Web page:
When a product in addition to having cleansing properties also keeps diseases and harmful bacteria at bay, it qualifies as medicine even if the medical component in the product is minuscule in terms of quantity or value or both, said the Supreme Court.
detergent or medicament
In the case of Commissioner of Central Excise vs. Wockhardt Life Sciences Ltd, the issue was whether the product manufactured by the respondent was detergent or medicament.
The Revenue's contention was that it was detergent on the basis of ‘common parlance test' and ‘commercial usage test' as bolstered by the fact that the medicinal properties in it were miniscule and incidental, with its predominant use being cleansing.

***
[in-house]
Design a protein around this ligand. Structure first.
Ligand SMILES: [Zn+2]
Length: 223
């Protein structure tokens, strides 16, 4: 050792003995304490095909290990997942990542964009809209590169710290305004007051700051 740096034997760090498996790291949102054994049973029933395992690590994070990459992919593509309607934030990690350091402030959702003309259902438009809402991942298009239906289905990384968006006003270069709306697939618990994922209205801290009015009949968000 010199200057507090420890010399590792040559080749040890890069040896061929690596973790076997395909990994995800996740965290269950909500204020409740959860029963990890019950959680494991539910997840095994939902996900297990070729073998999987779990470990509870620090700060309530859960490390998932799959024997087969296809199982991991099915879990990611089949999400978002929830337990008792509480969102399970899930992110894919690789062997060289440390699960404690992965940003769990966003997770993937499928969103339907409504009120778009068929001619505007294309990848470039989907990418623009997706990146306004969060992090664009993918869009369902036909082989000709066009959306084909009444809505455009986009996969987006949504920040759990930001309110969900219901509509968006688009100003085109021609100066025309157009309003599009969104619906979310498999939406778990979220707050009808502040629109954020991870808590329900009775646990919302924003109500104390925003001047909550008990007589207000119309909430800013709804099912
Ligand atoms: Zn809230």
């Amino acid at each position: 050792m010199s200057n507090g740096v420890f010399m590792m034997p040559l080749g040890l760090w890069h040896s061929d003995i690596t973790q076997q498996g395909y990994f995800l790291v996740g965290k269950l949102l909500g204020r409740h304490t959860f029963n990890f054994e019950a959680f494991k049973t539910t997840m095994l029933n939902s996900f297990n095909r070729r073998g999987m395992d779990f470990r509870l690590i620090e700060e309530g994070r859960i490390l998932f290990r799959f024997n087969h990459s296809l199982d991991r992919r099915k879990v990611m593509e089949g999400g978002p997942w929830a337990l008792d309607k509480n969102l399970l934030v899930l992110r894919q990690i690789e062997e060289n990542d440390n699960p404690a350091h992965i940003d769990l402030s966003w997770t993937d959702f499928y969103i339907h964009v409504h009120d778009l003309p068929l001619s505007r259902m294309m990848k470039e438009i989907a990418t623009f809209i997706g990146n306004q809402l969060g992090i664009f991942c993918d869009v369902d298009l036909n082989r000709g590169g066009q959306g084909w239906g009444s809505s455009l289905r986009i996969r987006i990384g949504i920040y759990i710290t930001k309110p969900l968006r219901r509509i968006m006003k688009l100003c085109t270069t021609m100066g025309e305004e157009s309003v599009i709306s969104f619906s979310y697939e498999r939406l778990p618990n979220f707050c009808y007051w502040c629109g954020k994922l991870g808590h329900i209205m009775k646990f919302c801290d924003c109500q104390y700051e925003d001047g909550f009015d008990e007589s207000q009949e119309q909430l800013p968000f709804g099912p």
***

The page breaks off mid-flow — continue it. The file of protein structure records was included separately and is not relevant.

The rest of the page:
Pigeonholing its product into ayurvedic begot the manufacturer nil tax status whereas as detergent, it attracted an 18 per cent excise duty.
The Supreme Court, while holding the cleanser in question a medicament, pointed out that the common parlance test and commercial usage test are not sacrosanct and infallible.
It was also not necessary, the Court added, that a product must have curative properties to be labelled a medicine; even preventive properties would do.
(The author is a NewDelhi-based chartered accountant.)